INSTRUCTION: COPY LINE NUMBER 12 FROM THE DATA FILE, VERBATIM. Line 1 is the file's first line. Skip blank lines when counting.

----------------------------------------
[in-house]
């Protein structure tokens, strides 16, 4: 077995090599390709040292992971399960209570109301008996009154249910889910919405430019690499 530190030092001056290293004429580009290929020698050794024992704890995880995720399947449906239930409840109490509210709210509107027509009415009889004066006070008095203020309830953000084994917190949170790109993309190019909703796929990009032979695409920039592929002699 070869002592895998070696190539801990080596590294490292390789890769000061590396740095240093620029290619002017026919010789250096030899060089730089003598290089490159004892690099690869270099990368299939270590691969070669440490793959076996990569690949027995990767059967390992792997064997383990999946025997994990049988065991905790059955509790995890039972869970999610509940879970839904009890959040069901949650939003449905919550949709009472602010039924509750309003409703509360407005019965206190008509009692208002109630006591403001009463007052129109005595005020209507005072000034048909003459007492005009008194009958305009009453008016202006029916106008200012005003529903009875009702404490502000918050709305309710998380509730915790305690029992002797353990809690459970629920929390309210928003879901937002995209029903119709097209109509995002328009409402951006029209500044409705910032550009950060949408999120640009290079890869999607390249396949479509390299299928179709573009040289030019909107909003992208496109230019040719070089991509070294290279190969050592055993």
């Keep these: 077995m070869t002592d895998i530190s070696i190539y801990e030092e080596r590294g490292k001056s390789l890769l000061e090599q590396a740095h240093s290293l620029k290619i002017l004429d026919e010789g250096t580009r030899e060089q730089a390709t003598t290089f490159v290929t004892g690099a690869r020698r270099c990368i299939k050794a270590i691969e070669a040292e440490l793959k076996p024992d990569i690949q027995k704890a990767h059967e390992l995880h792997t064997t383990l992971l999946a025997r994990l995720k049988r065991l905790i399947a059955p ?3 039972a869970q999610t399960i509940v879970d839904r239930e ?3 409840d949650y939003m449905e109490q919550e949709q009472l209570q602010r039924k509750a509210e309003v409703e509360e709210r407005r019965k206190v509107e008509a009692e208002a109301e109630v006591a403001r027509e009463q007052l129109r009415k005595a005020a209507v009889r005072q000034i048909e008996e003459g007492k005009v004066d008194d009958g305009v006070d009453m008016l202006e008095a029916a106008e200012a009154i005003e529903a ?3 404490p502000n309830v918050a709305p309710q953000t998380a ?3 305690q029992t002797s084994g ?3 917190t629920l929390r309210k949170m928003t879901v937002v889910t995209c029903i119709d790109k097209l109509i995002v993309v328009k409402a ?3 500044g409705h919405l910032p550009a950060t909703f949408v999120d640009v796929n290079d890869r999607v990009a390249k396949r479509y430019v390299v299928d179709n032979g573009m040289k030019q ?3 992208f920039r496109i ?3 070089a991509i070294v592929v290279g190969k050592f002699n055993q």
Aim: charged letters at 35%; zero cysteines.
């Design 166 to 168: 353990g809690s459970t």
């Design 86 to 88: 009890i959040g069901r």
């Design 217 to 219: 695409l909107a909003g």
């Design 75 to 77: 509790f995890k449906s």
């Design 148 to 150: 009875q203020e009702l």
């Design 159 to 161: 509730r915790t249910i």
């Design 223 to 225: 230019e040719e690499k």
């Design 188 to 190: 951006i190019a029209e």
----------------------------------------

């Design 188 to 190: 951006i190019a029209e």